From there it was time for “Killing Off Characters”. This is one of the sessions I attended last year, and I’m pretty sure at least one of the panelists was a holdover from last year too. I came to this one hoping that while the subject matter was the same, there’d be a new panel with new insights. Sadly, this session was not significantly different at all from last year, and was made worse by the fact that it was held in the pub, which hoovers acoustics, and didn’t have the microphones turned on. At one point someone in the audience asked for the two panelists to speak up. That lasted for about a minute and a half. Then those of us at the back were straining to hear the quiet muttering again. I shoulda bailed on this one.
After that I descended into the basement again to take in the “Physics of Superheroes” session, but it was held in the room sharing space with the art exhibit (doors still open) and two of the panelists were really, really quiet. In fact, one of the audience members near the back asked them to speak up and one of the panelists promptly mumbled something about how if the people at the back stopped talking to each other it would be easier to hear. Someone else in the audience then jumped in and pointed out that the noise was actually coming from the art area and from the hall, and the panelist then retreated to a statement about how she wasn’t a loud speaker and we’d just have to try to hear her. Yup. Way to interact with your audience who might potentially buy your books – well, not anymore anyway, because not being able to hear what you’re saying, we have no idea if you have anything to say that’s worth listening to and thus won’t bother buying and reading your books. In addition, what little I could hear from the one panelist who spoke at any volume was pretty much the same discussion of the realities of physics and how superheroes don’t seem to adhere to them that I’ve heard and read in about a dozen other interviews. No point in sticking around, so I left.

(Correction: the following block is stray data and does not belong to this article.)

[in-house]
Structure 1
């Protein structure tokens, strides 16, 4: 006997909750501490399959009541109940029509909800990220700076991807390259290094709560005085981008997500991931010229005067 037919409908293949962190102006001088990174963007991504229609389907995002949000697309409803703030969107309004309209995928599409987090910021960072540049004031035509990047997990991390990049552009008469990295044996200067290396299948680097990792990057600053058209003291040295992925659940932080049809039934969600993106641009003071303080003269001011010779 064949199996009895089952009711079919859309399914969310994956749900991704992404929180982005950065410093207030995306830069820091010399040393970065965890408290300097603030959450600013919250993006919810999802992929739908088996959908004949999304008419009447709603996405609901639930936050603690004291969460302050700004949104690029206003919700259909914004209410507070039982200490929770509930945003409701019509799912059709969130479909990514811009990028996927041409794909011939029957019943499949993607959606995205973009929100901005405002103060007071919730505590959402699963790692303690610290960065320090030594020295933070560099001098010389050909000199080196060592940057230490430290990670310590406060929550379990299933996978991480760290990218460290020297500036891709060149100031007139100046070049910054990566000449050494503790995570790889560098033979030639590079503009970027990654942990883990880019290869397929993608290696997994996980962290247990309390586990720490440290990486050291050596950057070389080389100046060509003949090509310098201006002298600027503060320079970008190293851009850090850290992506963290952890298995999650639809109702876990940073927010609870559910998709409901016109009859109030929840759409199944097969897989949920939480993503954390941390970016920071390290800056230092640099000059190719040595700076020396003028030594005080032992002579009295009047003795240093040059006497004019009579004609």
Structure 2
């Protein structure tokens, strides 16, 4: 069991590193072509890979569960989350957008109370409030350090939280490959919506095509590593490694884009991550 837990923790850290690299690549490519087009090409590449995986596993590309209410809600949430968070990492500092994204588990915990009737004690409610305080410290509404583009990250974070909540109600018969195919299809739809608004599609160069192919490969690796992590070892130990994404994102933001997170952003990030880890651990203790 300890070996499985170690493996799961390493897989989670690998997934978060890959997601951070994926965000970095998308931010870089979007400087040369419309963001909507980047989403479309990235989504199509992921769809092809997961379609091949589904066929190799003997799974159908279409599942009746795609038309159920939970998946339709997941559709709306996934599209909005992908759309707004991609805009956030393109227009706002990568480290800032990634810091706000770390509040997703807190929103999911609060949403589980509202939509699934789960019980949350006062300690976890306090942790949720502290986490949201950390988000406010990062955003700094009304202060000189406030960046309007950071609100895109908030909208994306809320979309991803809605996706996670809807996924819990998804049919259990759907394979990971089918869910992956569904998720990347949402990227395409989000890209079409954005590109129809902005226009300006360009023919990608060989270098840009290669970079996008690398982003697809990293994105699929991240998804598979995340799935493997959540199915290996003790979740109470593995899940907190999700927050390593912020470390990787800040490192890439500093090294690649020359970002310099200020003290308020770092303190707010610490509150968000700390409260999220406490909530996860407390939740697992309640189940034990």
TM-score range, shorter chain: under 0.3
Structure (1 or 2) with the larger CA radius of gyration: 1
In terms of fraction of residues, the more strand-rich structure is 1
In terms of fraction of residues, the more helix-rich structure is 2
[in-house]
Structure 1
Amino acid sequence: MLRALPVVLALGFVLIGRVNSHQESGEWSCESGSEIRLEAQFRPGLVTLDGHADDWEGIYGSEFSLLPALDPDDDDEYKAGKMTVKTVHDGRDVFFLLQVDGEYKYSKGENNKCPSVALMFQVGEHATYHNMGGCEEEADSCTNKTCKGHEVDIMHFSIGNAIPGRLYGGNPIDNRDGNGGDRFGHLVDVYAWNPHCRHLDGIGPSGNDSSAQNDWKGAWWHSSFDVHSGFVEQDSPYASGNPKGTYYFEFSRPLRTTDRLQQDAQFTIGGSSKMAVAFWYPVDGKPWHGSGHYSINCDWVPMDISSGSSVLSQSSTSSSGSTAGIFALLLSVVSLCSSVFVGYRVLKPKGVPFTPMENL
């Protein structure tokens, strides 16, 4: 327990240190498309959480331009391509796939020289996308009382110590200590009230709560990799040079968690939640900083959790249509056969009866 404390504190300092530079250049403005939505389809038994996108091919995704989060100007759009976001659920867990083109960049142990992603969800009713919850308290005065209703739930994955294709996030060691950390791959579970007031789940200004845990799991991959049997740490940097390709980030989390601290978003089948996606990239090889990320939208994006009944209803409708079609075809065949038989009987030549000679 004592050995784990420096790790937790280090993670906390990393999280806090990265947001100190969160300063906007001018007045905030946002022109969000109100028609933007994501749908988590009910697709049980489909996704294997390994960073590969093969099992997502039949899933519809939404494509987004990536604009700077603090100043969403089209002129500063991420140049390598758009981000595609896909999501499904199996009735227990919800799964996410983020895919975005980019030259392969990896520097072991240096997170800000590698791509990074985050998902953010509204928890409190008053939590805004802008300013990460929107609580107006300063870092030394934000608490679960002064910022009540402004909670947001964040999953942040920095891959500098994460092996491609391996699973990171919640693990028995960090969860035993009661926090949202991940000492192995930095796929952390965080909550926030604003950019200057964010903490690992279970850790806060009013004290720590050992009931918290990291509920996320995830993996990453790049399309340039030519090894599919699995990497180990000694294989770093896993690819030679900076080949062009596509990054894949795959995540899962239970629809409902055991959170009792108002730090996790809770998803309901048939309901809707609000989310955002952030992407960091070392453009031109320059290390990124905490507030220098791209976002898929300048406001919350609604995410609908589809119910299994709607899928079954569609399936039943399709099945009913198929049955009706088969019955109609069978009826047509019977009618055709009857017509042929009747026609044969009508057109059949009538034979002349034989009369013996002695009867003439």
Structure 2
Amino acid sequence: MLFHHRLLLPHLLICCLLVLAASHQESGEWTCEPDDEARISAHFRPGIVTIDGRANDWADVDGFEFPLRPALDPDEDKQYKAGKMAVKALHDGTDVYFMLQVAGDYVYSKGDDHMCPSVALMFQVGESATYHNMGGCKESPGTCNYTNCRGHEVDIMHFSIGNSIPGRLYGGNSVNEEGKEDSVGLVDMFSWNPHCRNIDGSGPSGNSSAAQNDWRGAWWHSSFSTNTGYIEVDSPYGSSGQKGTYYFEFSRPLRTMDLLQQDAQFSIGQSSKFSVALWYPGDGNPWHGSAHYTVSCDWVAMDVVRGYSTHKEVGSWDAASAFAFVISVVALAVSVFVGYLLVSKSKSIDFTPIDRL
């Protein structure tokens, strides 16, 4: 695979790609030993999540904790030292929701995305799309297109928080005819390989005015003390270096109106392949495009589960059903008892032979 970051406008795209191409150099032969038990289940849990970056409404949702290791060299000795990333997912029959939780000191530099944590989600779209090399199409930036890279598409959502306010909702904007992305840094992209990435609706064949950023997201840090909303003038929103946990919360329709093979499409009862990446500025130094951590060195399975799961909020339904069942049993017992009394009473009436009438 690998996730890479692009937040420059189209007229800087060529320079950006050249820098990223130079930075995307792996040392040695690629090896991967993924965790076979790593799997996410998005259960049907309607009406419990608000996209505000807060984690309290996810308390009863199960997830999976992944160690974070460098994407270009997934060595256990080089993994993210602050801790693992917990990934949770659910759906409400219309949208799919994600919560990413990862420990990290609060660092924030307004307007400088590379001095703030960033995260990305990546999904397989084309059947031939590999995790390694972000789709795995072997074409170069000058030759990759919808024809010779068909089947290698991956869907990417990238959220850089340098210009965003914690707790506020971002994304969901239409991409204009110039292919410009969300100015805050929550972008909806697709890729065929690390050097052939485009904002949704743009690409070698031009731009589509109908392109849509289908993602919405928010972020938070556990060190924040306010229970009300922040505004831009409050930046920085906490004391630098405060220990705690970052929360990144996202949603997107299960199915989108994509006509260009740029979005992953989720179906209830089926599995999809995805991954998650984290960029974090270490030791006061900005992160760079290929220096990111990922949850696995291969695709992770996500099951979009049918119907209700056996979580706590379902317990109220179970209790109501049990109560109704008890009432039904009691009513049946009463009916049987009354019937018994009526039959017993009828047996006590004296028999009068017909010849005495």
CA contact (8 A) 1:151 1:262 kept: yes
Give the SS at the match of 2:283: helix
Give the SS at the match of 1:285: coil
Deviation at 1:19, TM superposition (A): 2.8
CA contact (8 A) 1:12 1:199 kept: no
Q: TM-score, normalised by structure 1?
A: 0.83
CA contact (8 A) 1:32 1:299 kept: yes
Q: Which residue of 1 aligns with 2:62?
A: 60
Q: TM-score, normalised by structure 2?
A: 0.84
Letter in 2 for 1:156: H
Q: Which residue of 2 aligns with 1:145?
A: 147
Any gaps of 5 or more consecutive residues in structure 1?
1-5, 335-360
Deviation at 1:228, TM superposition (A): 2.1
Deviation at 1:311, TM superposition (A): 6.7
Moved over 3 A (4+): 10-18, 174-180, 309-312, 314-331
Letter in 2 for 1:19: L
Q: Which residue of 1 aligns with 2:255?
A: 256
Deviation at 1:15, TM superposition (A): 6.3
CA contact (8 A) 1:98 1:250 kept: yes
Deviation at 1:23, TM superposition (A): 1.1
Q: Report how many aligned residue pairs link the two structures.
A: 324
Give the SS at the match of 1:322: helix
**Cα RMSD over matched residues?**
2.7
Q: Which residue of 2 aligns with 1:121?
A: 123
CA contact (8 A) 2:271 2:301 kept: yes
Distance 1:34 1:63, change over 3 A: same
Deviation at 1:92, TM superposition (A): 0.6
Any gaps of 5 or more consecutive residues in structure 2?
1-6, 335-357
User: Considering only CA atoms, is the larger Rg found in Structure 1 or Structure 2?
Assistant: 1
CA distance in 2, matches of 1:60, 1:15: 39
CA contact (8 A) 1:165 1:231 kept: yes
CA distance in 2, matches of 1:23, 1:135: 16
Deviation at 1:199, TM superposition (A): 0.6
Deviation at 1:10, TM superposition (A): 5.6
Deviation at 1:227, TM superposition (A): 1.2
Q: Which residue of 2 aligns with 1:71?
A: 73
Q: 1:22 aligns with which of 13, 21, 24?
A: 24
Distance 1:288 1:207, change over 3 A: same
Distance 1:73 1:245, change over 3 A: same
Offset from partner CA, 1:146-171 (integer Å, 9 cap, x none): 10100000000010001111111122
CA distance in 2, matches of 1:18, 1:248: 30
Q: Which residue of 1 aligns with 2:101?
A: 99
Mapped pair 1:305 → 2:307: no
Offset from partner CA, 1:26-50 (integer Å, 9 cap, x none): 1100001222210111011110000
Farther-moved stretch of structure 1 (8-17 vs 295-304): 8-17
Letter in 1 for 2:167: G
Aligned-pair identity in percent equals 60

I poked my head into the filk session going on up in the pub, but, despite the impressive vocal talent of the performer, after about a minute I remembered why I don’t like filk: regardless of the singer’s ability, I just don’t give a shit about songs about goblins under your bed or your vampire lover or something. I’m not deriding it as a form of entertainment, especially at a con, it’s just not my bag. I went up to the hospitality suite briefly, but it was pretty full, so I decided to call it a night. I was tempted to stick around for the parties (a group from Seattle was hosting a get-together to garner support for their 2011 Worldcon bid, as was a rival faction representing Reno), but they didn’t get rolling until mid-evening and at that point I was thinking about getting some chow and heading home (I’ve got to get up early tomorrow to wrangle media at the fitness conference hosted by the agency I work for).
Not a bad day at the con, but I wish the late afternoon sessions would have been stronger. Oh well.
Stay tuned for more updates tomorrow.
Have you registered to take part in the Blog Like It’s The War Of The Worlds commemorative online challenge yet? Better get your blog listed on the roster so we can see what goes down with the Martian invasion in your community on October 30th!